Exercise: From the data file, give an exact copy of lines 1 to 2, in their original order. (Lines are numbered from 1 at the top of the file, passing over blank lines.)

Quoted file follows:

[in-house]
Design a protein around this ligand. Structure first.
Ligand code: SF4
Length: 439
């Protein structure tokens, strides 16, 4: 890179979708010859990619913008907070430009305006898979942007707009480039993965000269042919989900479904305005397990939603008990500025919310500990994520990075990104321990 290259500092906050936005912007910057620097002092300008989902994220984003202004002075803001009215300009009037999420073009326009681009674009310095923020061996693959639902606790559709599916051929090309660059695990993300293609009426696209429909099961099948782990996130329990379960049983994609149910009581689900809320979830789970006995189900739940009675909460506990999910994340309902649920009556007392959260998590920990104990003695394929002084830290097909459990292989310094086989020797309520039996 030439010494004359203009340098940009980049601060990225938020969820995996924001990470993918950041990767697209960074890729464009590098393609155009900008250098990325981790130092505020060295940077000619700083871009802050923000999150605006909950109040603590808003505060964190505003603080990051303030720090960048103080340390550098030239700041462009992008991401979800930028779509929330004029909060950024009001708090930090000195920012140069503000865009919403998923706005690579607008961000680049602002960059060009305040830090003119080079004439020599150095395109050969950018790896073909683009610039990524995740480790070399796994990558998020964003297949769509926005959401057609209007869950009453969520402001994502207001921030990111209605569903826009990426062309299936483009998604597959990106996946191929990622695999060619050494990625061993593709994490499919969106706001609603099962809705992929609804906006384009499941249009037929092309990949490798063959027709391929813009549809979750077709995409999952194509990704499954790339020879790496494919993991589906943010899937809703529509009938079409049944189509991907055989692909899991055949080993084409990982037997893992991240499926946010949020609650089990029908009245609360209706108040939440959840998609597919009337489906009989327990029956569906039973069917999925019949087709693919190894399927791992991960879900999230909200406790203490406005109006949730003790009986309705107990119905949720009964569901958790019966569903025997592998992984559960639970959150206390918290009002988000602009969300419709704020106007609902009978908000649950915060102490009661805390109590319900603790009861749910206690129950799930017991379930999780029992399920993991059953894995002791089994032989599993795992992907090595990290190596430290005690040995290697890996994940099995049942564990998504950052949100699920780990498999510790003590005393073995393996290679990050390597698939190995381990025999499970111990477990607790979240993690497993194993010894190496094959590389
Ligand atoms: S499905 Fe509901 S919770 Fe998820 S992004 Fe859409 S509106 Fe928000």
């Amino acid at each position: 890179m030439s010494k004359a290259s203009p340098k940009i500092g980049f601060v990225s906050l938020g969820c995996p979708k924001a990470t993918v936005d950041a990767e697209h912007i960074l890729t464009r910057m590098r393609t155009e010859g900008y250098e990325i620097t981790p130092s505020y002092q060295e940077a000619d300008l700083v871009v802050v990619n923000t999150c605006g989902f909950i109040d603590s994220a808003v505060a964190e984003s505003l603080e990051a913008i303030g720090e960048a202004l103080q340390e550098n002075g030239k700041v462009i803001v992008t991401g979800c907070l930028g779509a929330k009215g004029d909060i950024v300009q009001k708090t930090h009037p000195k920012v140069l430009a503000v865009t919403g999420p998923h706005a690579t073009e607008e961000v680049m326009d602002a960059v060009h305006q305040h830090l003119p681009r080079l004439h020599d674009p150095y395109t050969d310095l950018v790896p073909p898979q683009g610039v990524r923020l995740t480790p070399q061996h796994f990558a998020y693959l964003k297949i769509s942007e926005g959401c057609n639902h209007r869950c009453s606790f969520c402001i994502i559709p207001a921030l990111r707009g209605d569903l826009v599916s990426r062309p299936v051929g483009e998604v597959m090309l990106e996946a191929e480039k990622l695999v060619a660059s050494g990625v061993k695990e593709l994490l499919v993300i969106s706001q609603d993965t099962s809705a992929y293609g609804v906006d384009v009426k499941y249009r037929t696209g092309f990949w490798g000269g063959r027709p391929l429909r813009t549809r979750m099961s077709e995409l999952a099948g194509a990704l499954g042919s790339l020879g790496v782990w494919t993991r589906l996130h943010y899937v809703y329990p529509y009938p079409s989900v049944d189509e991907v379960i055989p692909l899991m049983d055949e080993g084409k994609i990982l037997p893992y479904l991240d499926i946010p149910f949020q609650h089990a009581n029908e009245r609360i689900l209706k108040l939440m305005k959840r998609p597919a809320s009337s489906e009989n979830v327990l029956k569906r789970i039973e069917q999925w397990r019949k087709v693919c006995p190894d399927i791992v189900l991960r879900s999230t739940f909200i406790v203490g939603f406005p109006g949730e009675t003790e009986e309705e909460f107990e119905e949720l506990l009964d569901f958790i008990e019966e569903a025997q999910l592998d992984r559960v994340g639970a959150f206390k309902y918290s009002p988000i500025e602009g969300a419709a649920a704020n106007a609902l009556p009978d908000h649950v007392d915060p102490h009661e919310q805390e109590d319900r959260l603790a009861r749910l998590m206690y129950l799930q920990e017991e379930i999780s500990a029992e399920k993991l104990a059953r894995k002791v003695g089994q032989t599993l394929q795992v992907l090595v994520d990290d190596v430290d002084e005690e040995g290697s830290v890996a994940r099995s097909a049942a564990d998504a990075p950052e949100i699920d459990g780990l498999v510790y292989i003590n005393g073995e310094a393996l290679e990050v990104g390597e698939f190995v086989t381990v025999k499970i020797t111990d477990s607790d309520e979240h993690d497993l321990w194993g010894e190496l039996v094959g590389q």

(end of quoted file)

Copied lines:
[in-house]
Design a protein around this ligand. Structure first.